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Some physicians, I should note, were tickled pink to be asked to join the NRCC's phony council. Dr. Michael Richman, a heart surgeon in Los Angeles whose name appears neither on Fred's version of the draft press release nor on the one obtained by Think Progress, put out a press release announcing his selection to the panel. So did Dr. Richard Stanford, a pediatrician in Oklahoma City. (Stanford's name can't be found on Fred's or Think Progress's versions, either.) This is like putting out a press release to announce that somebody phoned and asked you to donate to the United Way.
I put in a call to Rep. Price's office to find out more about the PCRR. They referred me to the NRCC. A press representative who called back said he didn't know anything about the Physicians' Council and would have to get back to me.
I phoned the InfoCision call center and asked for some information about the PCRR. I was referred to Jessica Boulanger at the NRCC. When I phoned the NRCC, I was informed that nobody named Jessica Boulanger worked there. (Apparently, she used to.)
I phoned the InfoCision call center again and asked for Sabrina Taylor, the contact name on Fred's draft press release. I was told she was busy. I asked if Sabrina could call me back. This seemed to flummox the person I was speaking to. "Does Sabrina Taylor exist?" I asked. Yes, I was assured. I left my name and number. Sabrina didn't call back.
I phoned InfoCision yet again and asked for Candace Lyons. This was an entirely different contact listed on the version of the draft press release posted on the Think Progress Web site. Candace Lyons was also busy. Could Candace could call me back? Once again, this request seemed highly irregular. "Does Candace Lyons exist?" Yes. Candace didn't call back.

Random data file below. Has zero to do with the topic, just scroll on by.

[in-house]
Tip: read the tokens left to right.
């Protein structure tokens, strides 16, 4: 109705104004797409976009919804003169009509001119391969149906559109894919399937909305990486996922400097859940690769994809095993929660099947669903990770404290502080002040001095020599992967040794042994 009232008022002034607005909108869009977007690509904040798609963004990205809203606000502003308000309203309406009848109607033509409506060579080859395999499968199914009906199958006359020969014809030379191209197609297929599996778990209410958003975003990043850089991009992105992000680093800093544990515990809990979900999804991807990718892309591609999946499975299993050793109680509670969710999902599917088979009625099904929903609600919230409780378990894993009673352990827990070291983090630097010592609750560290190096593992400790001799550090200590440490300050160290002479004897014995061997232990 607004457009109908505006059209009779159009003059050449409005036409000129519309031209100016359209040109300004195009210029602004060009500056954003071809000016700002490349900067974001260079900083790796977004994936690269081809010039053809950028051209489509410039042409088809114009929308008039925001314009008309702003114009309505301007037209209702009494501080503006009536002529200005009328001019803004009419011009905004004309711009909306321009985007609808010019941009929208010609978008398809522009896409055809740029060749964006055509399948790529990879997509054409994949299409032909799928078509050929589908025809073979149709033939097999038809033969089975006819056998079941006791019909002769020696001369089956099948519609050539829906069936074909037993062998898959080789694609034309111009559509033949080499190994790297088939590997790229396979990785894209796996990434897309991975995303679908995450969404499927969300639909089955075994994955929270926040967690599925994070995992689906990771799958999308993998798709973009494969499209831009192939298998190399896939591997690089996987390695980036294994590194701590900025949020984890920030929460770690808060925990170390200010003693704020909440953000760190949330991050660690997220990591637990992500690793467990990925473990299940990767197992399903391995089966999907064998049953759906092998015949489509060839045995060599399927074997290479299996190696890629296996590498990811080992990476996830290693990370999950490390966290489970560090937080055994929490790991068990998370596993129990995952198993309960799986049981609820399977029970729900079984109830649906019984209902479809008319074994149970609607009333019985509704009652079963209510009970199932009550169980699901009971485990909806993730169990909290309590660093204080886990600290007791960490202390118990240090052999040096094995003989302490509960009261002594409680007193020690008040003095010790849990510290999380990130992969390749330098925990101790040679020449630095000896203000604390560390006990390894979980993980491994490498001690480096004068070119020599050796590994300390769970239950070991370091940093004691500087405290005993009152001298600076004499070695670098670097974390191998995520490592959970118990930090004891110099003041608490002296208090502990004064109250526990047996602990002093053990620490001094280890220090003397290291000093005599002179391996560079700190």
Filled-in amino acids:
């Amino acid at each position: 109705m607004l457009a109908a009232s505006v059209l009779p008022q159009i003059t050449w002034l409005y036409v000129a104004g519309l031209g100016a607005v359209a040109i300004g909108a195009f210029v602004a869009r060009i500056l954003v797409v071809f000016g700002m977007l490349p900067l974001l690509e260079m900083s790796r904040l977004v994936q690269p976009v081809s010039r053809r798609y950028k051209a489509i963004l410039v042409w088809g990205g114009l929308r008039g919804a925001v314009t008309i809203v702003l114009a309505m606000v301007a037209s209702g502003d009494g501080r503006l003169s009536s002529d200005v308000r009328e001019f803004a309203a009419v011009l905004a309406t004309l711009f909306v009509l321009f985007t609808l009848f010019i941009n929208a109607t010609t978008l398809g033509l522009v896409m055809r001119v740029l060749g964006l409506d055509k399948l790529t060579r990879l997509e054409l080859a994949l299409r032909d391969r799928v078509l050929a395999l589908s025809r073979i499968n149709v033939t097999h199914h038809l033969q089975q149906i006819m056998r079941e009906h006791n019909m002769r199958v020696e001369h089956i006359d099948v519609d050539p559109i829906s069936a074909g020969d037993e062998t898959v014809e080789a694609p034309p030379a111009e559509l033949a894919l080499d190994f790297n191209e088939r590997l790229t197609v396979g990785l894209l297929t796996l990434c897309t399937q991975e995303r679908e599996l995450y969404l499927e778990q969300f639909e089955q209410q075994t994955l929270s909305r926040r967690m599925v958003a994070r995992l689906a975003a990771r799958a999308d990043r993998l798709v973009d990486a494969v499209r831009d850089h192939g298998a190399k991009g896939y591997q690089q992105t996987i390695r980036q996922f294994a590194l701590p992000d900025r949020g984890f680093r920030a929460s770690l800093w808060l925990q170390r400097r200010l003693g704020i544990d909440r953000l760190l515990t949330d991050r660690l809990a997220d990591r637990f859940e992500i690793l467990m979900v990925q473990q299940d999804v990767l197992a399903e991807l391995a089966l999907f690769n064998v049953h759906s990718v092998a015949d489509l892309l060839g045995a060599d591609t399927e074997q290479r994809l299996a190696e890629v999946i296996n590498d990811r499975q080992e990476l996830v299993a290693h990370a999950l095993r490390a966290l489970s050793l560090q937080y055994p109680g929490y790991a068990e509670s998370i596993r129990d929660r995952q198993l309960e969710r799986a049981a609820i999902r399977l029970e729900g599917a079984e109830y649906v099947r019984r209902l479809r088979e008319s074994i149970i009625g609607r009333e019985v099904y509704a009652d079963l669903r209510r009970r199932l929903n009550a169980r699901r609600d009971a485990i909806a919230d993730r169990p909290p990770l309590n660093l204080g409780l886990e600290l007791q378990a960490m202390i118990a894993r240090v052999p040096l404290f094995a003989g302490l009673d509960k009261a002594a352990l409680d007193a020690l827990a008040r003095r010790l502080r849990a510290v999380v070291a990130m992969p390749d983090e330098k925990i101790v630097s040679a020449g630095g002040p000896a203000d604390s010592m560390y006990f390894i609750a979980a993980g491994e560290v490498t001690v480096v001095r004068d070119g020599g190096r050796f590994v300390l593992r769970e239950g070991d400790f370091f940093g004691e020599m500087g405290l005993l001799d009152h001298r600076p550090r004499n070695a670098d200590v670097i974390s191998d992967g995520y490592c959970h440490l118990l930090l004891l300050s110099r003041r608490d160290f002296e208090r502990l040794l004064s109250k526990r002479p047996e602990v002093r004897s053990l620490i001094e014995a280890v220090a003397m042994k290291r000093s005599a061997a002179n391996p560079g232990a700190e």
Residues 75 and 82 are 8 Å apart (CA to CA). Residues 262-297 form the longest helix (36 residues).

I phoned InfoCision's public relations office and got a very nice-sounding woman who said she'd get back to me. She didn't.
InfoCision, I can't resist mentioning, took home the "Best Practices" award in May from the Interactive Intelligence Interactions conference in Indianapolis.
Update, 7:40 p.m.: From NRCC spokesman Paul Lindsay:
Given the heightened attention to this debate, we established an outlet for the medical providers who would be most affected by the Democrats' fatally flawed government healthcare takeover. The Physician's Council for Responsible Reform is a grassroots and fundraising operation that engages these professionals who are passionate about healthcare reform but are opposed to a Democrat plan that would limit competition and harm the doctor-patient relationship.
An NRCC fact sheet spells out member benefits for the Physicians' Council. $50 to $500 gets your name in an ad campaign. $500 to $999 gets you "special closed door briefings." $1000 to $2499 gets you into a "limited invitation" video or teleconference and the opportunity to be on a panel in Washington. $2500 to $4999 gets you the opportunity to communicate "with key decisionmakers in Washington, DC" by e-mail and in special "trustee meetings." Anything above $5000 get you ... media training!